New tool helps hospitals prepare to face violence

06 April 2017
New tool helps hospitals prepare to face violence
Aleppo, national hospital

The Security Survey for Health Facilities is a new tool to help hospitals and other health-care facilities prepare for attacks against them and improve the safety and security of patients and health workers.

It was developed by the ICRC – with the support of the International Hospital Federation (IHF), the World Health Organization (WHO) and Médecins Sans Frontières (MSF) – as part of the Health Care in Danger (HCID) initiative. Federico Sittaro from the ICRC's Water and Habitat Unit tells us more.

What's the survey for?

The survey is a tool to assess how prepared a health-care facility is and whether it could continue operating in the midst of an armed conflict or an outbreak of serious violence. It shows what steps need to be taken to prepare a facility beforehand.

The survey consists of three modules. Users answer a set of multiple-choice questions to rank the risks facing their facility. There's a manual that goes with it that helps users answer the questions.

Why did you come up with a survey?

A few years ago, an ICRC study of more than 2,000 violent incidents found that over half the attacks on health-care services had been directly against health-care facilities or had taken place inside or near them. So it's essential that we think about facilities' resilience and preparedness and how they contribute to the safe delivery of health care.

We suggested developing a straight-forward tool that would assess the risks facing health-care facilities, the potential effects of violence and, importantly, how to mitigate these risks.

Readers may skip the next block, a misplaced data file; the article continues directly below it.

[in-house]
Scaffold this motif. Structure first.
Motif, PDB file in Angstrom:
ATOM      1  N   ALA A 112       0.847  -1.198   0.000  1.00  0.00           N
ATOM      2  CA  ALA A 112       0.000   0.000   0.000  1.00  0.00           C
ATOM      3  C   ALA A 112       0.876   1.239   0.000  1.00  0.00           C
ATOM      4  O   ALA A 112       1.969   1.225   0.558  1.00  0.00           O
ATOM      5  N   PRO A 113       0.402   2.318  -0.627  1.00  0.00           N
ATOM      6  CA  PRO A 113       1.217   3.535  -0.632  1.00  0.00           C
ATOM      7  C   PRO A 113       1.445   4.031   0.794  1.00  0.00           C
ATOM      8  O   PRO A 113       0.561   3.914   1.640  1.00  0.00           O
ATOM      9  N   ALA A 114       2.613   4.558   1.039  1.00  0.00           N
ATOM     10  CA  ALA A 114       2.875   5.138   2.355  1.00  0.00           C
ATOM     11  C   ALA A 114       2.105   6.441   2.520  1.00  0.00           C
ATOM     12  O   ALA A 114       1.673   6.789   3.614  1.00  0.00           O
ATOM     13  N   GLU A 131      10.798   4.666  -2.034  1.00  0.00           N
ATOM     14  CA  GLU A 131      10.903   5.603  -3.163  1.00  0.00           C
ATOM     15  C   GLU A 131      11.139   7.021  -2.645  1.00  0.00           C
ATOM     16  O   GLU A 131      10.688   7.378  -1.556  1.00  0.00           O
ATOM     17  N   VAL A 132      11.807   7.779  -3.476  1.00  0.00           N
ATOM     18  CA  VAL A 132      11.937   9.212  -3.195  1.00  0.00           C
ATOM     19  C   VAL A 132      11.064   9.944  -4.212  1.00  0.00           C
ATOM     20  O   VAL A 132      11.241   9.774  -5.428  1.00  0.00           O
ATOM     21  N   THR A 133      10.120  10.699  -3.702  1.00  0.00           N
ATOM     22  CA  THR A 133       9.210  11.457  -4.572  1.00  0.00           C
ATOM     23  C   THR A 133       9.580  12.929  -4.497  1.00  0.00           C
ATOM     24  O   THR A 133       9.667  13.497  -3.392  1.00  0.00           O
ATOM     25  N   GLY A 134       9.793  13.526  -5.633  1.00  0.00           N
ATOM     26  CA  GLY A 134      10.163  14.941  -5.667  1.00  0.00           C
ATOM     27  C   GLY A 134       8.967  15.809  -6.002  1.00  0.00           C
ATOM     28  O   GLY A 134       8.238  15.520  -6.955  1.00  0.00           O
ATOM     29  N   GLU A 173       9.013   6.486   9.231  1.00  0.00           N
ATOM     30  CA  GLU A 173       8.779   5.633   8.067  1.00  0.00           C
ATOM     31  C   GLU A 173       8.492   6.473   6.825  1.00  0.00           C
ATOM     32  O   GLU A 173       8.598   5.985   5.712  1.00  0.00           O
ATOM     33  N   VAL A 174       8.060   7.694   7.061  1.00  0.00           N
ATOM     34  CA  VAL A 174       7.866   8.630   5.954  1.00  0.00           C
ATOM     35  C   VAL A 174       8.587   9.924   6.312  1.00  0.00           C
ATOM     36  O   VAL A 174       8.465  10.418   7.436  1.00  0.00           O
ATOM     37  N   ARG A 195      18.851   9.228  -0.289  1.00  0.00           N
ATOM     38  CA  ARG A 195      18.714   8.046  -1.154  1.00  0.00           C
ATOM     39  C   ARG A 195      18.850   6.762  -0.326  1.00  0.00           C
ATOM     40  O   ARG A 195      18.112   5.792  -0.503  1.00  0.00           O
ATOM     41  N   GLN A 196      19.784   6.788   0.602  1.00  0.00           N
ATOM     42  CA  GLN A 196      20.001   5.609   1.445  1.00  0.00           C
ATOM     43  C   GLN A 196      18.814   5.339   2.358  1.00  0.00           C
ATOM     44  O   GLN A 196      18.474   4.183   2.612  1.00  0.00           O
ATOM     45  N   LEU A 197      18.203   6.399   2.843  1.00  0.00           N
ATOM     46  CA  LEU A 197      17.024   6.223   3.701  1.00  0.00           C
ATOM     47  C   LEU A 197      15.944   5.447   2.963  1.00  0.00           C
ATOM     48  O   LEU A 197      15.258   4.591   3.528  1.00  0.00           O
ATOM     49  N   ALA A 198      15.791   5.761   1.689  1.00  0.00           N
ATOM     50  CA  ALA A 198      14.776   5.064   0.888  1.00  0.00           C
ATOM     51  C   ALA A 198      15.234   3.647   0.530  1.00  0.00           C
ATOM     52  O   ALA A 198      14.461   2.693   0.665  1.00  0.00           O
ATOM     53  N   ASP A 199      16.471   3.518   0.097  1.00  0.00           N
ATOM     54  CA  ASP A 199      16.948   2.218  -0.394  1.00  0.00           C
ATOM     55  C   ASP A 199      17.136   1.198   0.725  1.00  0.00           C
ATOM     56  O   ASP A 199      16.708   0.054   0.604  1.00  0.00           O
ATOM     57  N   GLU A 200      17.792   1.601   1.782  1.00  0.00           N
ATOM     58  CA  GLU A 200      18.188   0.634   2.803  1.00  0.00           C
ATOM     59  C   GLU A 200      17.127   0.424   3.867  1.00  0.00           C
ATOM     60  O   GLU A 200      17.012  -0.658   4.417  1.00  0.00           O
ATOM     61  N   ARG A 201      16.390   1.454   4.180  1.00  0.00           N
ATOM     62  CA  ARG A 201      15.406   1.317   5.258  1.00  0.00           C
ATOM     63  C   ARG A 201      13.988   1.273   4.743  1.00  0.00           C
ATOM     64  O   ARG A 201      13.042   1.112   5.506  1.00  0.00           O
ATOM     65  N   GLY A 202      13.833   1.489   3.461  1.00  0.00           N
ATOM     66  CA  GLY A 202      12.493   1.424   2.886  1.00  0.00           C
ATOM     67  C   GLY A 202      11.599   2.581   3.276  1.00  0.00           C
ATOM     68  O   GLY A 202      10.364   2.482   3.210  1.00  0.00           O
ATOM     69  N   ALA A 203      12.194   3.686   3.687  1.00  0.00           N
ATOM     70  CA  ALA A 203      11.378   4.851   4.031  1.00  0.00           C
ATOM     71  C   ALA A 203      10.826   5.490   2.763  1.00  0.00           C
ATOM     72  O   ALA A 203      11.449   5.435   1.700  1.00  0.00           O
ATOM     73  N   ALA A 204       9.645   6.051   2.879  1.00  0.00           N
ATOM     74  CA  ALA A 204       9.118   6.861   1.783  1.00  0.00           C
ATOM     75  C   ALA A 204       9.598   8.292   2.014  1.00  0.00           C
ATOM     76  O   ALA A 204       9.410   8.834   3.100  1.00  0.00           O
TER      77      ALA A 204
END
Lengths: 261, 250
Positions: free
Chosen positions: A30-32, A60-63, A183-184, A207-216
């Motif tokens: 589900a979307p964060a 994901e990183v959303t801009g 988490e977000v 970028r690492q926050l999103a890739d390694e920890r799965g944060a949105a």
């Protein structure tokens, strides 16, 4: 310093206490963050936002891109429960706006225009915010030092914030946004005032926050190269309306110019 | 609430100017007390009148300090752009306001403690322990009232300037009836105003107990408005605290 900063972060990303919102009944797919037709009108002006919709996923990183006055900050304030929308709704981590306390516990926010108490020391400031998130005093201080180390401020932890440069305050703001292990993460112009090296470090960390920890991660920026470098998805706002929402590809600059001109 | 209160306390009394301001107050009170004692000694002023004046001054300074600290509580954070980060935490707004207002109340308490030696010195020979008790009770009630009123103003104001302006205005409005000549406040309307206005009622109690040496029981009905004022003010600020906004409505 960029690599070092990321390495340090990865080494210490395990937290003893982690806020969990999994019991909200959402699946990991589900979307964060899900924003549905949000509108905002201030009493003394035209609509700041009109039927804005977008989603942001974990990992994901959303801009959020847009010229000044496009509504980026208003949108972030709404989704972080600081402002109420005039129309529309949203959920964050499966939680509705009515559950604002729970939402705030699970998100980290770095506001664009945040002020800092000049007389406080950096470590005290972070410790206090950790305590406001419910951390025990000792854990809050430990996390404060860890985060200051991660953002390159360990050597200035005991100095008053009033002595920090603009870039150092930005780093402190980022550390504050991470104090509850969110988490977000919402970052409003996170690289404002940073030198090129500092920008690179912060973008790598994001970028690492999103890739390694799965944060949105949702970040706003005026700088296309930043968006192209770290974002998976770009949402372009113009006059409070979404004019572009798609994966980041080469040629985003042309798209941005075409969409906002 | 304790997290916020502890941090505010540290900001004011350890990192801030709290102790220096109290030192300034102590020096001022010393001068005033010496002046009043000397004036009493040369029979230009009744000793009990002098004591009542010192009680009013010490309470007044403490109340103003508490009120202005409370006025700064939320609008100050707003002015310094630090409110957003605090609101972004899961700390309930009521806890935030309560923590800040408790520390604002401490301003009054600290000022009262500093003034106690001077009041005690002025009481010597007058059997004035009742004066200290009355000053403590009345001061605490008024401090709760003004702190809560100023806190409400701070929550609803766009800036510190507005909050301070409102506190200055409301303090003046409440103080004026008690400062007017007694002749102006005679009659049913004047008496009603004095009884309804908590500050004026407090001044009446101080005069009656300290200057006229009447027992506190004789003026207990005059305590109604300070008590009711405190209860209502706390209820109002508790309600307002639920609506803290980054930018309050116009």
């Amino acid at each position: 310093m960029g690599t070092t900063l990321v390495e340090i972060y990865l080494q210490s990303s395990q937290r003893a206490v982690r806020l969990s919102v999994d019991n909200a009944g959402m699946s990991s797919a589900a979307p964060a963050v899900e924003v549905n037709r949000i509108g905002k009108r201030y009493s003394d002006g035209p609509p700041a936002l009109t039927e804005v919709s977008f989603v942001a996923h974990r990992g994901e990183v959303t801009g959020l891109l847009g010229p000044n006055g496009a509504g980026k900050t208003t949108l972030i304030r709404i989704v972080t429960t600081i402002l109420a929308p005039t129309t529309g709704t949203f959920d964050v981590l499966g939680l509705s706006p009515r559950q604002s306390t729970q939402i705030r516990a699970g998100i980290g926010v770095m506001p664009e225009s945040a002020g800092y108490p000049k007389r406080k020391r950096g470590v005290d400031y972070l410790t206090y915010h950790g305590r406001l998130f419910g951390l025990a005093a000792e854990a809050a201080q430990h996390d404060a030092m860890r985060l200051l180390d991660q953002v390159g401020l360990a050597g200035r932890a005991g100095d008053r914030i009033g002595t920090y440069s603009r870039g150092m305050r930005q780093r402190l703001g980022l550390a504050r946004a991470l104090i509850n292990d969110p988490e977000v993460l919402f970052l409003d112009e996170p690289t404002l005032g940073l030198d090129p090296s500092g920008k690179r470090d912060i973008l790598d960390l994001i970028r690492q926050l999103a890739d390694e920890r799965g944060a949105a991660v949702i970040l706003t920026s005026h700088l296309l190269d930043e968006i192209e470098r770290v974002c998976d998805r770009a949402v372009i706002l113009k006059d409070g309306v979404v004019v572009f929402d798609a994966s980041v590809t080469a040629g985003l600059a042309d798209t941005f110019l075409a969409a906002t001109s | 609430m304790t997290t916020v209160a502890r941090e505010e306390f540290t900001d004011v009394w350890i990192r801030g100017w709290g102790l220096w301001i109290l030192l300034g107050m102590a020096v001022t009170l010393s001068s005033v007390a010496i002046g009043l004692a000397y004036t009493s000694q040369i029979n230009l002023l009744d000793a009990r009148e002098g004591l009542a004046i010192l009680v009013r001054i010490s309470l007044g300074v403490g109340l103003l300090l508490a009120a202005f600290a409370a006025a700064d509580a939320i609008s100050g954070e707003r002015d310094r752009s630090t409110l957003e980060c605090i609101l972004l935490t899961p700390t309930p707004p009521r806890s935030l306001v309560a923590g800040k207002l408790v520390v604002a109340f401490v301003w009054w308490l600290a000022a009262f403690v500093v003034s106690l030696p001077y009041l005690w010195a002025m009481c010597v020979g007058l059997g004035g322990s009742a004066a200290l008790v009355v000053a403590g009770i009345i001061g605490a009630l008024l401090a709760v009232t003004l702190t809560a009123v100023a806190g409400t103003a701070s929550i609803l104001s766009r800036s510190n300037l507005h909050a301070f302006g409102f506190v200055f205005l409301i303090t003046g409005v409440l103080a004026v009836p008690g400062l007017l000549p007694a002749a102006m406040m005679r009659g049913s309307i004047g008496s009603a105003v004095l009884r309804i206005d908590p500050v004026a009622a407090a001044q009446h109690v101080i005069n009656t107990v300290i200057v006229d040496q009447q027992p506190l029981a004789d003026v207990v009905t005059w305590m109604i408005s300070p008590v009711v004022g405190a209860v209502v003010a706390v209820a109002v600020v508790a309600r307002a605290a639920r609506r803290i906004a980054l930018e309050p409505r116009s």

How did you come up with the survey?

We looked at the recommendations developed by the HCID initiative, particularly those set out in Ensuring the Preparedness and Security of Health-Care Facilities in Armed Conflict and Other Emergencies. We also drew on the methodology developed by the WHO and the Pan American Health Organization (PAHO) for the Safe Hospital Index.

Who should use the survey?

It's been developed primarily for people who manage hospitals or other health-care facilities, or who work closely with them. We really encourage people from different parts of the health-care facility to get together to carry out the survey. It covers a number of areas of expertise, such as security, human resources and technical know-how, so the more people involved, the more useful it is. And because of this, we've really tried to make it as simple and user-friendly as possible.

I'm confident we succeeded.

What's been the reaction so far?

We've already had some positive feedback from colleagues from the ICRC and MSF Switzerland, who have tested the survey in places where there is armed conflict. People generally find it straightforward and easy to use and a quick way of generating results on which they can base their decisions. The clever thing is that as soon as you put in your answers, you get a result straight away because of a built-in algorithm. That means you can get an idea of what direction you should take very quickly, which people really like.

The tool is open source, so anyone concerned about the safety of a health-care facility can use it. I really encourage everyone to do so and to pass it on.

Click here to download the tool and the associated user manual.

Health Care in Danger is an initiative of the International Red Cross and Red Crescent Movement to make access to, and delivery of, health care safer in armed conflict or other emergencies. This initiative calls for the respect and protection of health-care workers, facilities and vehicles and the implementation of a series of recommendations and practical measures to safeguard health-care services and their humanitarian mission. This initiative is supported by a number of partners, individuals and organisations, members of the Health Care in Danger Community of Concern.

For more information about the Health Care in Danger project:
• Visit the Health Care in Danger website
• Join our online community
• Follow @HCIDproject on Twitter and join our call to #protecthealthcare
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Security Survey for Health Facilities